By Catherine Wagley
By Channing Sargent
By L.A. Weekly critics
By Amanda Lewis
By Catherine Wagley
By Carol Cheh
By Keegan Hamilton
By Bill Raden
On a rainy night last week I fell in love with Beethoven’s Violin Concerto. Really, I mean, in love. I heard the first drumbeats as if they came from my own throbbing temples; the opening music for winds was smooth, elegant, angelic. (Has anyone written a book about Beethoven‘s use of the bassoon? Someone should.) The soloist, the Austrian violinist Thomas Zehetmair, did some odd things that weren’t in Beethoven‘s score, but they made sense.
Offhand, I would guess that I’ve listened to the Beethoven Violin Concerto -- listened, that is, as opposed to just being in someone‘s house with the radio on -- some 400 times, in various stages of rapture. What made the difference this time, in the Philharmonic’s program at the Music Center, was the contrast with the music that had come just before, which made Beethoven‘s drumbeats and those first woodwind chords seem, let’s say for the sake of simile, like the driest, most sublime martini, with the gin distilled by the hand of God.
That preceding music was the remains of the 11th Symphony by Eduard Tubin; this was its American premiere, with Paavo Jarvi conducting. It arrived surrounded by the kind of news that orchestra managements hope will attract box-office lines (with, however, only middling success at the Friday night concert). There was the exotic appeal: You don‘t hear music by an Estonian composer every day, especially when led by an Estonian conductor. There was the human-interest appeal: Tubin (1905--1982) died while at work on this symphony; only the first movement survived, with the orchestration completed by yet another Estonian, Kaljo Raid. And there was the stop-the-presses appeal: a first-ever American performance.
Given these exhilarating circumstances, perhaps it doesn’t matter that the music was not very good, but it should. Tubin‘s fame rests on his being famous, and on his stature as elder statesman to a generation of younger and better Estonians -- Erkki-Sven Tuur, for one, and the late Lepo Sumera. Most of his symphonies have been recorded, on Sweden’s BIS label conducted by Neeme Jarvi, father of Paavo. It‘s good, solid late-romantic stuff, but you’ve heard it all before. Mahler lurks, as does Strauss and, in the more daring moments, Stravinsky. The woolly blanket of sound that smothered the music (and the listener) at the Music Center may have been the fault of the orchestrator, but what I heard in the work as content was also mostly gesture and cliche. (It too, pace Beethoven, begins with drumbeats.) Would it attract attention as the work of some minor Rhinelander circa 1911? Don‘t bet on it.
What got my back up about this insignificant time-waster was an article by Edward Rothstein in last Saturday’s New York Times that spoke directly to the current dark clouds over all of music, but over symphony orchestras in particular. His concern, in brief, is a growing lack of concern. It is no longer important, as it once was, for the nation‘s major orchestras to choose distinctive and adventurous leadership. The New York Philharmonic, which once had entrusted its bully pulpit to Leonard Bernstein and then to Pierre Boulez, has sunk to the hiring of Lorin Maazel, a move too inexplicable even to be explained away as “safe.” (Maazel is not only 70, conservative in programming taste and blandly efficient in quality of performance, but his history of inspiring unrest among players is vast and famous. Zubin Mehta was finally brought down by the New York Philharmonic’s failure to sell his recordings; who do you know who ever bought a Lorin Maazel disc?)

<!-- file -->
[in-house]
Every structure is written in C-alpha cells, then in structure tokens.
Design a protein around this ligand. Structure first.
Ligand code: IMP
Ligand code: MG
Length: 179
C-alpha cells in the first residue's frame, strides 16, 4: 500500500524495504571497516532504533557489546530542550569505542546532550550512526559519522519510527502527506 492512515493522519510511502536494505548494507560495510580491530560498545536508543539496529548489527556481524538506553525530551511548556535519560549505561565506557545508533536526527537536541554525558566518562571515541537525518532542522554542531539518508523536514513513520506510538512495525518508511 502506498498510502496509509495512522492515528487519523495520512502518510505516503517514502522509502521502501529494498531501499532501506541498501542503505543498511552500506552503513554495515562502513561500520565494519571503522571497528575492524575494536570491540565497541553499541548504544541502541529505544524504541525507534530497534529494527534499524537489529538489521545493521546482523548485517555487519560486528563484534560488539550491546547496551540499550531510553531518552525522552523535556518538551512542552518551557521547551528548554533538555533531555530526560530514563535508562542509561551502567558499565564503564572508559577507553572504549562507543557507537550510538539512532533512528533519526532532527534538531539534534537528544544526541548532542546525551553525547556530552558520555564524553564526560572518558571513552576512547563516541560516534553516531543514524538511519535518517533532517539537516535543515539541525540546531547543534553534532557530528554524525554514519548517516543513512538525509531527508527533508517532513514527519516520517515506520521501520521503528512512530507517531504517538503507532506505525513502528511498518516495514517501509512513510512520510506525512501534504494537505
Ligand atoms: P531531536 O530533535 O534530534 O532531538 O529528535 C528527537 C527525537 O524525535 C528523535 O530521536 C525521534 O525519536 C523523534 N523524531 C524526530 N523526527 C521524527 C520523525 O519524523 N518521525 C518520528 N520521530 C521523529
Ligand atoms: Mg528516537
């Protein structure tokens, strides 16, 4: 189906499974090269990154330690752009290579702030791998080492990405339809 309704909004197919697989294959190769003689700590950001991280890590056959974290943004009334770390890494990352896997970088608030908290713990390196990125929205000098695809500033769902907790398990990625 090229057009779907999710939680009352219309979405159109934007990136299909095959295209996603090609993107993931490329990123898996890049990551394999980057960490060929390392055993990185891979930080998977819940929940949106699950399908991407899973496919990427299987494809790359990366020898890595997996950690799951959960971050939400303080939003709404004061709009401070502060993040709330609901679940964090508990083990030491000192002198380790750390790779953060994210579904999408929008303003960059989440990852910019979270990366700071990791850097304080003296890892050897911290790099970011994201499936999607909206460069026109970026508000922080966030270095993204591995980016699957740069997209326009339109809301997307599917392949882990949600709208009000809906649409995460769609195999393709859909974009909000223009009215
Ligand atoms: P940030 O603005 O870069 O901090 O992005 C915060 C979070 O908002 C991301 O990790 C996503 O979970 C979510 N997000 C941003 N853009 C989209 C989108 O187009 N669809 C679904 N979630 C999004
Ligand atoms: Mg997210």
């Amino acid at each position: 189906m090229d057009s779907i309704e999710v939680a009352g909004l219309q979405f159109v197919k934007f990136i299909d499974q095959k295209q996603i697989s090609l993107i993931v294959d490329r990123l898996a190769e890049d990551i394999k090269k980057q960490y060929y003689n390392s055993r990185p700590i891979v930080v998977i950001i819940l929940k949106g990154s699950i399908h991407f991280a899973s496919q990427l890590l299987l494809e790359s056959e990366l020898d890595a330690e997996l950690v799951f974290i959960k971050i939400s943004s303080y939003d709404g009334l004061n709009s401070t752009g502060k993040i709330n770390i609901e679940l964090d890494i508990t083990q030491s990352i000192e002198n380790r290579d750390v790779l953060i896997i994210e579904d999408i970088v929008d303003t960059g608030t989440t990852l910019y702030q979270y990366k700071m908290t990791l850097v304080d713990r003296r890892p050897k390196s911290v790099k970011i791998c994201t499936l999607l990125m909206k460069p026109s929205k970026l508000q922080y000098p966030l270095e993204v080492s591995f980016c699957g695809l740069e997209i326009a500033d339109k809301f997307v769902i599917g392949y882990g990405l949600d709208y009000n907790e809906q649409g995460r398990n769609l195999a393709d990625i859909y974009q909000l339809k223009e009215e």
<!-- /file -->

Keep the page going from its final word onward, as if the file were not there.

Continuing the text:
The sense of “cultural irrelevance,” says Rothstein, grows out of a lack of brilliant young talent, and out of a decline of orchestral attention to new music; the one, of course, feeds the other. A survey of patrons conducted in 1993 by the American Symphony Orchestra League produced the news that orchestras could attract new support by, among other things, redecorating their halls. That being so, the prospects should be bright in Cleveland (where the made-over Severance Hall reopened last month), Philadelphia (whose new orchestra hall opens next fall), New York (where plans for a rebuild of Lincoln Center were recently announced) and, of course, Los Angeles. But where are the announced plans, from any of those edifices present and future, for a rebuilding of cultural attitudes, for demonstrating a caring for music still awaiting creation in our new millennium -- or, for that matter, of bringing awareness of the music around us up from its present circa-1915 level to, at least, the day before yesterday? The specious “novelty” of a symphony by Eduard Tubin doesn‘t go very far toward answering that question.
Esa-Pekka Salonen in Los Angeles, Michael Tilson Thomas in San Francisco -- by that margin, the major West Coast orchestras are a few notches up from Ed Rothstein’s dour outlook. A festival of Stravinsky‘s music here in the upcoming weeks, or in San Francisco two summers ago, may not exactly advance the dateline. What is significant, however, about these events past and present is this: They have been planned (“packaged,” if you prefer) as if to offer a lot more than just a bath in some great music, as if an audience still exists for interactive programming -- one work reflecting on another -- along with talks and discussions.